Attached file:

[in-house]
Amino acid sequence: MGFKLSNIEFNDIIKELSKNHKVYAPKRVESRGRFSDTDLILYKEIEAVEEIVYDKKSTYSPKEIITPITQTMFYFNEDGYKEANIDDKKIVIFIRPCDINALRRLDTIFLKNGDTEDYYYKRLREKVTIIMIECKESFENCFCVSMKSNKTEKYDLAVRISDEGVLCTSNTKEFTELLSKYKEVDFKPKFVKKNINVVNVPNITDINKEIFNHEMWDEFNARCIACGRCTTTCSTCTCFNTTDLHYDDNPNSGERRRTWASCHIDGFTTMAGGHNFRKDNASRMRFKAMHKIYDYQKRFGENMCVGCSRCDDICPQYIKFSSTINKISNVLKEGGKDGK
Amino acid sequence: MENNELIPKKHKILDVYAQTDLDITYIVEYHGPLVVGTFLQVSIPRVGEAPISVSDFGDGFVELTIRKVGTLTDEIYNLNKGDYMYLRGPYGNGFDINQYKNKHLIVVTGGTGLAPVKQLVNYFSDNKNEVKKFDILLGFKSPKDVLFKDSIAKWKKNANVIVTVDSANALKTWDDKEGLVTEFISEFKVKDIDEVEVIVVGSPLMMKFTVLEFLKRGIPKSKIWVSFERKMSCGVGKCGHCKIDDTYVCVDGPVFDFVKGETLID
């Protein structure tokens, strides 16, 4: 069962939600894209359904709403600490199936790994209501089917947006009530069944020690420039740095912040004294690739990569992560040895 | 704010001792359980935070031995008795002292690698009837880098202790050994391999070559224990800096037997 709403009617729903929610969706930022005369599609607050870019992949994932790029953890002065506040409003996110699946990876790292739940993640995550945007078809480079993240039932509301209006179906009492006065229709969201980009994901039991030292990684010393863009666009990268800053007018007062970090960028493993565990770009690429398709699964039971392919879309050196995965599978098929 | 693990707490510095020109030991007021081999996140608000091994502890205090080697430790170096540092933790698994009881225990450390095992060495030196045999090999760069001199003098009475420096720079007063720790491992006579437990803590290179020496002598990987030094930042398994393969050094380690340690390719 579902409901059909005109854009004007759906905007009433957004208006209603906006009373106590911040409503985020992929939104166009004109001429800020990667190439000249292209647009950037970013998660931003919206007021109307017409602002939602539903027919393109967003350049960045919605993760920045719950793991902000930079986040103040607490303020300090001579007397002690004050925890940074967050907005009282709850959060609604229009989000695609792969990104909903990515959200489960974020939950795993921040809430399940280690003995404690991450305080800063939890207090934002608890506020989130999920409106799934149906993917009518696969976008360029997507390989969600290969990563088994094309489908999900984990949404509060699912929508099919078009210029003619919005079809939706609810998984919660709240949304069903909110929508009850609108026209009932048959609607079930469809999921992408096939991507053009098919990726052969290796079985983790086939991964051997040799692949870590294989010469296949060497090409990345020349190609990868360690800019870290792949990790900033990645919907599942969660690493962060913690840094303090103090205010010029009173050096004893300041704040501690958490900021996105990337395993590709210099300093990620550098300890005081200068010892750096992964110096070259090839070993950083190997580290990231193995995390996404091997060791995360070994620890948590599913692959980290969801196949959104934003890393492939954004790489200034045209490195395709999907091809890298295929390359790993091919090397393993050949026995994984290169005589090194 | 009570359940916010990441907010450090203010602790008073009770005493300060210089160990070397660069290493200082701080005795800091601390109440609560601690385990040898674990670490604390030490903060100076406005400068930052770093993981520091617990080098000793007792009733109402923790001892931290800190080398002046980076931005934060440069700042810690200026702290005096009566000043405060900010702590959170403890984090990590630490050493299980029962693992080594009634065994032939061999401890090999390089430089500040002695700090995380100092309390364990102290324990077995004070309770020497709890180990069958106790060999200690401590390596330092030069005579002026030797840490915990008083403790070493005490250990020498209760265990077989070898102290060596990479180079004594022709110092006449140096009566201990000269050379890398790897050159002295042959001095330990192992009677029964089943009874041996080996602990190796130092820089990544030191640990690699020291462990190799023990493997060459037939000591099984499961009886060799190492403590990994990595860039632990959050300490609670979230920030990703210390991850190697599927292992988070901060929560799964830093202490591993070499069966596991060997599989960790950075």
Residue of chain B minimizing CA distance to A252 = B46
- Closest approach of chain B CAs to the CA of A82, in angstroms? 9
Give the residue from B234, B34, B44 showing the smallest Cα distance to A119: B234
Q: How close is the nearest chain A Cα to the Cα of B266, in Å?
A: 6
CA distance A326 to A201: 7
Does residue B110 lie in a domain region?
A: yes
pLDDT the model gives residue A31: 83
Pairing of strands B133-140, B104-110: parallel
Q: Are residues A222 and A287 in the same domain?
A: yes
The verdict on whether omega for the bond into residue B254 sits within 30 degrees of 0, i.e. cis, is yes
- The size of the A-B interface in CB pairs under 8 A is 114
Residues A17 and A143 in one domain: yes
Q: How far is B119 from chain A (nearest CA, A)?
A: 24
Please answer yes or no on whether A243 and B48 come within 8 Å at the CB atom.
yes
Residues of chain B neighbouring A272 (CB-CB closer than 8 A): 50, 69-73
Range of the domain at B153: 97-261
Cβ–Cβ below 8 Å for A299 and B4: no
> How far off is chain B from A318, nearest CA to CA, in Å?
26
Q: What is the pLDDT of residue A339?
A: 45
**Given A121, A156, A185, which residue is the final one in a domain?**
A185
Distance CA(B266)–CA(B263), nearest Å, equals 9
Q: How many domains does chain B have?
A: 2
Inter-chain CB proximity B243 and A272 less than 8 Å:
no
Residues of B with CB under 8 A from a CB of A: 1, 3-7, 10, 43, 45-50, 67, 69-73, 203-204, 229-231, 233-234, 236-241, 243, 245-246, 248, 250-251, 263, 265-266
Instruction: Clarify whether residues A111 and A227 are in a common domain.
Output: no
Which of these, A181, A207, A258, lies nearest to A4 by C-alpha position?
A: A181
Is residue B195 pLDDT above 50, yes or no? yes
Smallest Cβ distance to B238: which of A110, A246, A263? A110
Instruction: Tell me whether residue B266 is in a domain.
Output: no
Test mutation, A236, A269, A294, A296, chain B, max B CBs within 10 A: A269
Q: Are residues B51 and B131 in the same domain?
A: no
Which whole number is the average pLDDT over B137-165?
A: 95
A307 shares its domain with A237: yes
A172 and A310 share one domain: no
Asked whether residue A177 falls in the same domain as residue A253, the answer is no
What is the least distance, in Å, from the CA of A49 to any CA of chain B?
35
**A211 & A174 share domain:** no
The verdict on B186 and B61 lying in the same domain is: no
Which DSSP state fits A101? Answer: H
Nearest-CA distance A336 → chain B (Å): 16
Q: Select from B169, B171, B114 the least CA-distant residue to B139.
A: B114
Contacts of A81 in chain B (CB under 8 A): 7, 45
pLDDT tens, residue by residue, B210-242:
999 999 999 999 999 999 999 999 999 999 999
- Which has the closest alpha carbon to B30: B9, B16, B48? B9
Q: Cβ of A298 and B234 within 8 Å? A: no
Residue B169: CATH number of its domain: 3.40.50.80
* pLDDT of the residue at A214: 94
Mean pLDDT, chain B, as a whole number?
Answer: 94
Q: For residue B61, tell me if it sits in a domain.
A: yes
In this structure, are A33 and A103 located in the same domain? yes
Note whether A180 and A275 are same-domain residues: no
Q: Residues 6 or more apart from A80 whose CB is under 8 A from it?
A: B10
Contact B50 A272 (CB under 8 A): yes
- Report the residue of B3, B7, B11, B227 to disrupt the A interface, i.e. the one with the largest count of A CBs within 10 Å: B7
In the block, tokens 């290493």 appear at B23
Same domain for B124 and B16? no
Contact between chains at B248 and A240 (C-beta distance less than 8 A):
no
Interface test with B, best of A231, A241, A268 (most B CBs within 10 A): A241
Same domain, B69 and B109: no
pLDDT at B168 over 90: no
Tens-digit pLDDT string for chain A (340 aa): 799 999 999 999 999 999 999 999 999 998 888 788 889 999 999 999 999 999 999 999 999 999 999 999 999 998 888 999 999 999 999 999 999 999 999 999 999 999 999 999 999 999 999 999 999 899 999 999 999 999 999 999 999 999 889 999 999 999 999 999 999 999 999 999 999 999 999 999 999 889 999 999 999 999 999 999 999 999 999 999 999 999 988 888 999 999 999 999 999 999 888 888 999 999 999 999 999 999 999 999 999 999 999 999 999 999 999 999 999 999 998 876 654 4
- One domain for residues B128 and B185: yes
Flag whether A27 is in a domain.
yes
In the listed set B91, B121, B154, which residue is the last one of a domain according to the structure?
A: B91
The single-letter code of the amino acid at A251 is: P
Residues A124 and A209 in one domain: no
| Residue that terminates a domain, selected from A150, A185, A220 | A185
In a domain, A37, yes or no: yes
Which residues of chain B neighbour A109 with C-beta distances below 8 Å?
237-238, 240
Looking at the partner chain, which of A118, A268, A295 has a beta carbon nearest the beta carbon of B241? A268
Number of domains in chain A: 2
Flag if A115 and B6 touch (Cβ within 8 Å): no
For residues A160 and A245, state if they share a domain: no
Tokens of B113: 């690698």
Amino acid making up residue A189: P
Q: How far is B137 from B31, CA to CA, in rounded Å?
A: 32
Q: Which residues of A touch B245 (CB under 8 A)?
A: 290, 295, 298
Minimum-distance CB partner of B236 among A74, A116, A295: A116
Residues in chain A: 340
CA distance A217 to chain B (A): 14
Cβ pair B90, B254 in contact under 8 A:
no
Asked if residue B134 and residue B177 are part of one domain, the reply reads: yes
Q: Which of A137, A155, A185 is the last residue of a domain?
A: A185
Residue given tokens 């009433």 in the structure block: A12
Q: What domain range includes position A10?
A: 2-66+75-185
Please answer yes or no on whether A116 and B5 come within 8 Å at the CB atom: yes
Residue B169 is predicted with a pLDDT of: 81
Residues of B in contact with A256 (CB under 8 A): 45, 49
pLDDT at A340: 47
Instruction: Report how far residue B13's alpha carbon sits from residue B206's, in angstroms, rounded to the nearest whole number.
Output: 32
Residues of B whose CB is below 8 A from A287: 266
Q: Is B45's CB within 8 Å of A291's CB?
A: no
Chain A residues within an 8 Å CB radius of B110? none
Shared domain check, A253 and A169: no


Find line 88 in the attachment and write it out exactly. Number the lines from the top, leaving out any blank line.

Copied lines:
- One domain for residues B128 and B185: yes